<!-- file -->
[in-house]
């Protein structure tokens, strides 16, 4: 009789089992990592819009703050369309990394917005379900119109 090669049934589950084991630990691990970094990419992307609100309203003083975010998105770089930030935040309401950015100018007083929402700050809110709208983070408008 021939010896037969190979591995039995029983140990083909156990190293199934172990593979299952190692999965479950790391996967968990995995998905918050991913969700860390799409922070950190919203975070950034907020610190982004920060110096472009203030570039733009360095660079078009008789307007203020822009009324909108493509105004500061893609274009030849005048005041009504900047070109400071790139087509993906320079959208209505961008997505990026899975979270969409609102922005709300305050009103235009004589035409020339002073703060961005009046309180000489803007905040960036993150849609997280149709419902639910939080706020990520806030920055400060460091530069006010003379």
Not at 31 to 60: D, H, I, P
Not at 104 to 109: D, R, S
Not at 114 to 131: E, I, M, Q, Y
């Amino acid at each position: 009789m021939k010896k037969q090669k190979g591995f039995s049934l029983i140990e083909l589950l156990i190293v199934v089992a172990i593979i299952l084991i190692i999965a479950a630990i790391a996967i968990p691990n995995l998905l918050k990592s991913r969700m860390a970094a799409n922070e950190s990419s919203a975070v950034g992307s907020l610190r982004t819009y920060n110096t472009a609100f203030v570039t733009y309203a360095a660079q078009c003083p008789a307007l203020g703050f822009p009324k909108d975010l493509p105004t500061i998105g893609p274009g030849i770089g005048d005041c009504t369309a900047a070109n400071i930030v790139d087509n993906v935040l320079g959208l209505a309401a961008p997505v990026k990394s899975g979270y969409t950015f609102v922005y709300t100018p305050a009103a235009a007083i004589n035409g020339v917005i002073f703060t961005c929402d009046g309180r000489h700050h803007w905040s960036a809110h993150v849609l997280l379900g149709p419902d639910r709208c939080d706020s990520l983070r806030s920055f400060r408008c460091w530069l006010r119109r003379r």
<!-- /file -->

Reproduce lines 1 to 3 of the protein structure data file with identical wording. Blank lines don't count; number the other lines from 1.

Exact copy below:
[in-house]
């Protein structure tokens, strides 16, 4: 009789089992990592819009703050369309990394917005379900119109 090669049934589950084991630990691990970094990419992307609100309203003083975010998105770089930030935040309401950015100018007083929402700050809110709208983070408008 021939010896037969190979591995039995029983140990083909156990190293199934172990593979299952190692999965479950790391996967968990995995998905918050991913969700860390799409922070950190919203975070950034907020610190982004920060110096472009203030570039733009360095660079078009008789307007203020822009009324909108493509105004500061893609274009030849005048005041009504900047070109400071790139087509993906320079959208209505961008997505990026899975979270969409609102922005709300305050009103235009004589035409020339002073703060961005009046309180000489803007905040960036993150849609997280149709419902639910939080706020990520806030920055400060460091530069006010003379």
Not at 31 to 60: D, H, I, P